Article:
Playing fingerstyle on an electric guitar or steel string acoustic can be a very different experience than on a classical guitar. If you use nails you need to keep them in prime condition and steel strings can sure be tough on nails! In this class I’ll demonstrate which techniques have personally worked for me though years of experimentation in various playing situations. The material presented is also applicable to acoustic steel string guitarists and the jazz nylon string player.
For most guitarists playing single note lines on an electric is frustrating because it’s hard to equal the tone, conviction and swing of an expertly flat-picked line. But it can be done and can often give a fuller sound than a flatpick possibly with more tonal variation and nuances. The class will address many issues: principals in achieving a full sound before plugging into an amp, ideal free stroke angles, muting techniques, all things nail; nail lengths, nail shapes, filing etc, left hand slurs, right hand one finger sweeps, discussion of string gauges and types, alternating index and middle, alternating index and ring, using the same finger to play 2 and 3 consecutive notes between slurs, pattern picking, and more. Written examples accompany the video that further clarify the right hand fingerstyle picking techniques applied to distinct musical phrases. In the examples the left hand notation is also given to show the optimal positions that make the lines swing, project and yield a horn-like phrasing and articulation that can only occur when both hands are in sync and balanced. Fingerstyle guitar can add another dimension to your electric playing by expanding the variety of textures and adding counterpoint much more easily. Join me for a fun and informative class on fingerstyle electric guitar techniques.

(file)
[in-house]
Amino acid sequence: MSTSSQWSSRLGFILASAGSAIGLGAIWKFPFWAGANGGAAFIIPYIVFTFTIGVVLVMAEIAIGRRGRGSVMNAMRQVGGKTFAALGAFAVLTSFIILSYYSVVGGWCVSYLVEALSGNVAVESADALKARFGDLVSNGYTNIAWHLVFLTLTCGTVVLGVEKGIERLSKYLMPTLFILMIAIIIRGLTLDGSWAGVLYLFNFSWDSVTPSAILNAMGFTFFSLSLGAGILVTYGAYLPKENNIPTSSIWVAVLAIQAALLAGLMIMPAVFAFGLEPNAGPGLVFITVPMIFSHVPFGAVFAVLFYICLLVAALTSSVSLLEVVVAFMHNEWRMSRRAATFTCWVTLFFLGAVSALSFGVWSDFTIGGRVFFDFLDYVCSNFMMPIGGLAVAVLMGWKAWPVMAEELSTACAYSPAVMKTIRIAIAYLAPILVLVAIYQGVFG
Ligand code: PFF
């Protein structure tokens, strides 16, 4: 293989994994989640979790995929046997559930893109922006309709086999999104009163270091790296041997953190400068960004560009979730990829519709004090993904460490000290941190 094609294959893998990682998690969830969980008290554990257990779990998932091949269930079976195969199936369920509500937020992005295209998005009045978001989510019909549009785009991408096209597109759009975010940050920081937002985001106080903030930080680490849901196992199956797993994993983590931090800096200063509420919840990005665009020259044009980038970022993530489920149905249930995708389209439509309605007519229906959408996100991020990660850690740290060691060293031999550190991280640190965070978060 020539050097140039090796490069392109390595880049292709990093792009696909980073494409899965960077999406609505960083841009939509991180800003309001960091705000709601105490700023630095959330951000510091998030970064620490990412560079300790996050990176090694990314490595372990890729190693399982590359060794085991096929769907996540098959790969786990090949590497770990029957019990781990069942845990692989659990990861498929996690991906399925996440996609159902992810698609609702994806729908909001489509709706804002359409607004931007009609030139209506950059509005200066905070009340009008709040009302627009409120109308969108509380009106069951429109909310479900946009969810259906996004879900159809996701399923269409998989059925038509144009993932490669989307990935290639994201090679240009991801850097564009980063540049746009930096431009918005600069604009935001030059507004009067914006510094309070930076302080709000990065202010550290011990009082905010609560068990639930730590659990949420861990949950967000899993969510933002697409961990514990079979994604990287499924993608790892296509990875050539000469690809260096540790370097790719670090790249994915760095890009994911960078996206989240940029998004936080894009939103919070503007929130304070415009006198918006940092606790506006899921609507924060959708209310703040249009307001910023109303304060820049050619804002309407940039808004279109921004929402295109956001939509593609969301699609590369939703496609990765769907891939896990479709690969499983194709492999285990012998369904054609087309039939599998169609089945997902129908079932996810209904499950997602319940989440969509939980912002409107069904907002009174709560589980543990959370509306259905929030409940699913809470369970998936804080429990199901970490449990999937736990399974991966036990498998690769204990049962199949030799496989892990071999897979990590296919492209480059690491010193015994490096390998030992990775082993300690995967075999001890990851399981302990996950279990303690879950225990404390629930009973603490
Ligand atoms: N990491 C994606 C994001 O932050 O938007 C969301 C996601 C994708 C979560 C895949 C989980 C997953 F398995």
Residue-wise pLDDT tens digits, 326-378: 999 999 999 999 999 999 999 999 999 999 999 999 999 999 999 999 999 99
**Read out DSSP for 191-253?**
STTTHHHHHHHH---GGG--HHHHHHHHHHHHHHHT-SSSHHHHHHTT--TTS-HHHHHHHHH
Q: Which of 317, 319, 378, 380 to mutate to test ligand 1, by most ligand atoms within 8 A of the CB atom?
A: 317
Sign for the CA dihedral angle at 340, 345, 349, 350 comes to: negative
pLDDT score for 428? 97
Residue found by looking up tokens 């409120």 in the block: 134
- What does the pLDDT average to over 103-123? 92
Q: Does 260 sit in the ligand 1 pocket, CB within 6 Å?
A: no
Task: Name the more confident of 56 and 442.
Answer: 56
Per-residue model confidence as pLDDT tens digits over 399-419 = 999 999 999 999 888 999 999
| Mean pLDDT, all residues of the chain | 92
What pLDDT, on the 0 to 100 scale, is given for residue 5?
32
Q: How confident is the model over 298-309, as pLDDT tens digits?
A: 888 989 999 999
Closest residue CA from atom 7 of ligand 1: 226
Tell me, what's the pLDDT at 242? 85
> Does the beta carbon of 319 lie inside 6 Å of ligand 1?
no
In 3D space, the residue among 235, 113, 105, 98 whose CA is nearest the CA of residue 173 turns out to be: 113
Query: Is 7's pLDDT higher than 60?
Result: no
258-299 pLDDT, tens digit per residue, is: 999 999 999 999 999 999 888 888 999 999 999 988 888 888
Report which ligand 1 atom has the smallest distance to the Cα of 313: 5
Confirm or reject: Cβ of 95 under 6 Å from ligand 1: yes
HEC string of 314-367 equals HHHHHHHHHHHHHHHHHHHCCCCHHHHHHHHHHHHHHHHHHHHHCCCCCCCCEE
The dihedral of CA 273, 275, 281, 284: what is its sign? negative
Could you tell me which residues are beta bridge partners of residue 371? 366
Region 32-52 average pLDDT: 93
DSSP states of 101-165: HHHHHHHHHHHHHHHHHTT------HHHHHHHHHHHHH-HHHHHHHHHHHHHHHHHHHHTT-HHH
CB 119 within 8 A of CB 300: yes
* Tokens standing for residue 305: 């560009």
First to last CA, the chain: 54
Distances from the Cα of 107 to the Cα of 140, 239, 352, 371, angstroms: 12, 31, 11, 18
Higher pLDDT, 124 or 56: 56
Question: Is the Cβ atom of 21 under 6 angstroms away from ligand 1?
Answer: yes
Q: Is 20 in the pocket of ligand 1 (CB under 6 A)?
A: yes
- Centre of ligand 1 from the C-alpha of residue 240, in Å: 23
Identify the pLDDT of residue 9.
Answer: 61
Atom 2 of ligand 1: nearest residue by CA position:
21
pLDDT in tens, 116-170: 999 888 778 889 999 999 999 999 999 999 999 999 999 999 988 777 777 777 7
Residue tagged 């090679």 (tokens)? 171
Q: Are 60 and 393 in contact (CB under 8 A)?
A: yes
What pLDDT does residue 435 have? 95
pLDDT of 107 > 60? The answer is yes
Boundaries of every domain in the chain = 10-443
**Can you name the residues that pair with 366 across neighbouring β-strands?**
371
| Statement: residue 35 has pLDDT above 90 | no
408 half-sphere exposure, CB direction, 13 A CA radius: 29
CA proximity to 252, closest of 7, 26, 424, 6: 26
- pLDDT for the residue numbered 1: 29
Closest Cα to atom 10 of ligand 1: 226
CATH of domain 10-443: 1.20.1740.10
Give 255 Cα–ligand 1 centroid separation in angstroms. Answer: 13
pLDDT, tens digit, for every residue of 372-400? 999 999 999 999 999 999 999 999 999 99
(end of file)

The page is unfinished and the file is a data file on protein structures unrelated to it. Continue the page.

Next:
View clips from this class.
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